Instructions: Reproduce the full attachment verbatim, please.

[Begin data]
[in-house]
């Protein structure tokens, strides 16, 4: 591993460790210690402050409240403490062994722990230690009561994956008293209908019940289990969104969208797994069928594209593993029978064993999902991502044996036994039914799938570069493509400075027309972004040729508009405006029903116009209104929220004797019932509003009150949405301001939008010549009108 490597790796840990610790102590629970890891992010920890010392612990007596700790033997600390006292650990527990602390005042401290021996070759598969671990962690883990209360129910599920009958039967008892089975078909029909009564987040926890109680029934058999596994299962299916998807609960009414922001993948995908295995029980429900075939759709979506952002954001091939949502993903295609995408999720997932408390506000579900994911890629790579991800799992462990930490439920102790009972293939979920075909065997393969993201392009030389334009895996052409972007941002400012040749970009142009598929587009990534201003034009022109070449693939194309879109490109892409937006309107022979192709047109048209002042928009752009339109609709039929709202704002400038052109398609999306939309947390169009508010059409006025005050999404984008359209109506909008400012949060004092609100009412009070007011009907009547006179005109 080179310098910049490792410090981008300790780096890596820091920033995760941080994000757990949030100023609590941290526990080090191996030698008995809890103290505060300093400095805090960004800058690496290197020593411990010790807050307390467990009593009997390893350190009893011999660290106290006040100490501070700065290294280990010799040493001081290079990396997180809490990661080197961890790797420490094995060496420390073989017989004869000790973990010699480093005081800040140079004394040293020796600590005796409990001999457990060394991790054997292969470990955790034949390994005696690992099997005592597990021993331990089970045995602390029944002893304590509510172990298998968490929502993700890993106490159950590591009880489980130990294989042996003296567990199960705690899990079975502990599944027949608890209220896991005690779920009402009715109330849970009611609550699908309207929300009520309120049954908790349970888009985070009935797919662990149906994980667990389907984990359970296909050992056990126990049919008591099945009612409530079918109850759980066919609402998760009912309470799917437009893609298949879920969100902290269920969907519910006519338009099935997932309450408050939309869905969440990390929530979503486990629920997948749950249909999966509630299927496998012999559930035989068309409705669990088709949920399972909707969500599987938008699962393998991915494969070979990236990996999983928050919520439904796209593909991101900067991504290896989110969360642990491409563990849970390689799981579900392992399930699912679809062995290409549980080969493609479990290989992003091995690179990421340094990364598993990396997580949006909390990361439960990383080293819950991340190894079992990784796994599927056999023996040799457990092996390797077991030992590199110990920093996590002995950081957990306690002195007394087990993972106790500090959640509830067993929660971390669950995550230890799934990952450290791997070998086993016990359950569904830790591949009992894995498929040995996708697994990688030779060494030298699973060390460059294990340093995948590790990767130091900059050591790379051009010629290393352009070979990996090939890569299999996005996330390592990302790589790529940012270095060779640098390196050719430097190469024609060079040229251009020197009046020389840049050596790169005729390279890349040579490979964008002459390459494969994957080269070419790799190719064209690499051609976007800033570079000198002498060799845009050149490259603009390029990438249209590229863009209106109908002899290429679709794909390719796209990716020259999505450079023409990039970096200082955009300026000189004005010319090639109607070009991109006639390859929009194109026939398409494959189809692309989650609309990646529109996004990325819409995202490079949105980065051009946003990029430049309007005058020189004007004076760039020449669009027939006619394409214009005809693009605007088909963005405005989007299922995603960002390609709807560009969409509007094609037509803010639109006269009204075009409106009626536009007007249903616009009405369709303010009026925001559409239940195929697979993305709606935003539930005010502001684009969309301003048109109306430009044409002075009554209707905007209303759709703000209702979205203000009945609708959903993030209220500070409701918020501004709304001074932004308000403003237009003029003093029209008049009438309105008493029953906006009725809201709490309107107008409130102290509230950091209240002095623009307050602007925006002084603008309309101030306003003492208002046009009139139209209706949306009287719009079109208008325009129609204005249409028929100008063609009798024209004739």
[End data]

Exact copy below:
[in-house]
């Protein structure tokens, strides 16, 4: 591993460790210690402050409240403490062994722990230690009561994956008293209908019940289990969104969208797994069928594209593993029978064993999902991502044996036994039914799938570069493509400075027309972004040729508009405006029903116009209104929220004797019932509003009150949405301001939008010549009108 490597790796840990610790102590629970890891992010920890010392612990007596700790033997600390006292650990527990602390005042401290021996070759598969671990962690883990209360129910599920009958039967008892089975078909029909009564987040926890109680029934058999596994299962299916998807609960009414922001993948995908295995029980429900075939759709979506952002954001091939949502993903295609995408999720997932408390506000579900994911890629790579991800799992462990930490439920102790009972293939979920075909065997393969993201392009030389334009895996052409972007941002400012040749970009142009598929587009990534201003034009022109070449693939194309879109490109892409937006309107022979192709047109048209002042928009752009339109609709039929709202704002400038052109398609999306939309947390169009508010059409006025005050999404984008359209109506909008400012949060004092609100009412009070007011009907009547006179005109 080179310098910049490792410090981008300790780096890596820091920033995760941080994000757990949030100023609590941290526990080090191996030698008995809890103290505060300093400095805090960004800058690496290197020593411990010790807050307390467990009593009997390893350190009893011999660290106290006040100490501070700065290294280990010799040493001081290079990396997180809490990661080197961890790797420490094995060496420390073989017989004869000790973990010699480093005081800040140079004394040293020796600590005796409990001999457990060394991790054997292969470990955790034949390994005696690992099997005592597990021993331990089970045995602390029944002893304590509510172990298998968490929502993700890993106490159950590591009880489980130990294989042996003296567990199960705690899990079975502990599944027949608890209220896991005690779920009402009715109330849970009611609550699908309207929300009520309120049954908790349970888009985070009935797919662990149906994980667990389907984990359970296909050992056990126990049919008591099945009612409530079918109850759980066919609402998760009912309470799917437009893609298949879920969100902290269920969907519910006519338009099935997932309450408050939309869905969440990390929530979503486990629920997948749950249909999966509630299927496998012999559930035989068309409705669990088709949920399972909707969500599987938008699962393998991915494969070979990236990996999983928050919520439904796209593909991101900067991504290896989110969360642990491409563990849970390689799981579900392992399930699912679809062995290409549980080969493609479990290989992003091995690179990421340094990364598993990396997580949006909390990361439960990383080293819950991340190894079992990784796994599927056999023996040799457990092996390797077991030992590199110990920093996590002995950081957990306690002195007394087990993972106790500090959640509830067993929660971390669950995550230890799934990952450290791997070998086993016990359950569904830790591949009992894995498929040995996708697994990688030779060494030298699973060390460059294990340093995948590790990767130091900059050591790379051009010629290393352009070979990996090939890569299999996005996330390592990302790589790529940012270095060779640098390196050719430097190469024609060079040229251009020197009046020389840049050596790169005729390279890349040579490979964008002459390459494969994957080269070419790799190719064209690499051609976007800033570079000198002498060799845009050149490259603009390029990438249209590229863009209106109908002899290429679709794909390719796209990716020259999505450079023409990039970096200082955009300026000189004005010319090639109607070009991109006639390859929009194109026939398409494959189809692309989650609309990646529109996004990325819409995202490079949105980065051009946003990029430049309007005058020189004007004076760039020449669009027939006619394409214009005809693009605007088909963005405005989007299922995603960002390609709807560009969409509007094609037509803010639109006269009204075009409106009626536009007007249903616009009405369709303010009026925001559409239940195929697979993305709606935003539930005010502001684009969309301003048109109306430009044409002075009554209707905007209303759709703000209702979205203000009945609708959903993030209220500070409701918020501004709304001074932004308000403003237009003029003093029209008049009438309105008493029953906006009725809201709490309107107008409130102290509230950091209240002095623009307050602007925006002084603008309309101030306003003492208002046009009139139209209706949306009287719009079109208008325009129609204005249409028929100008063609009798024209004739």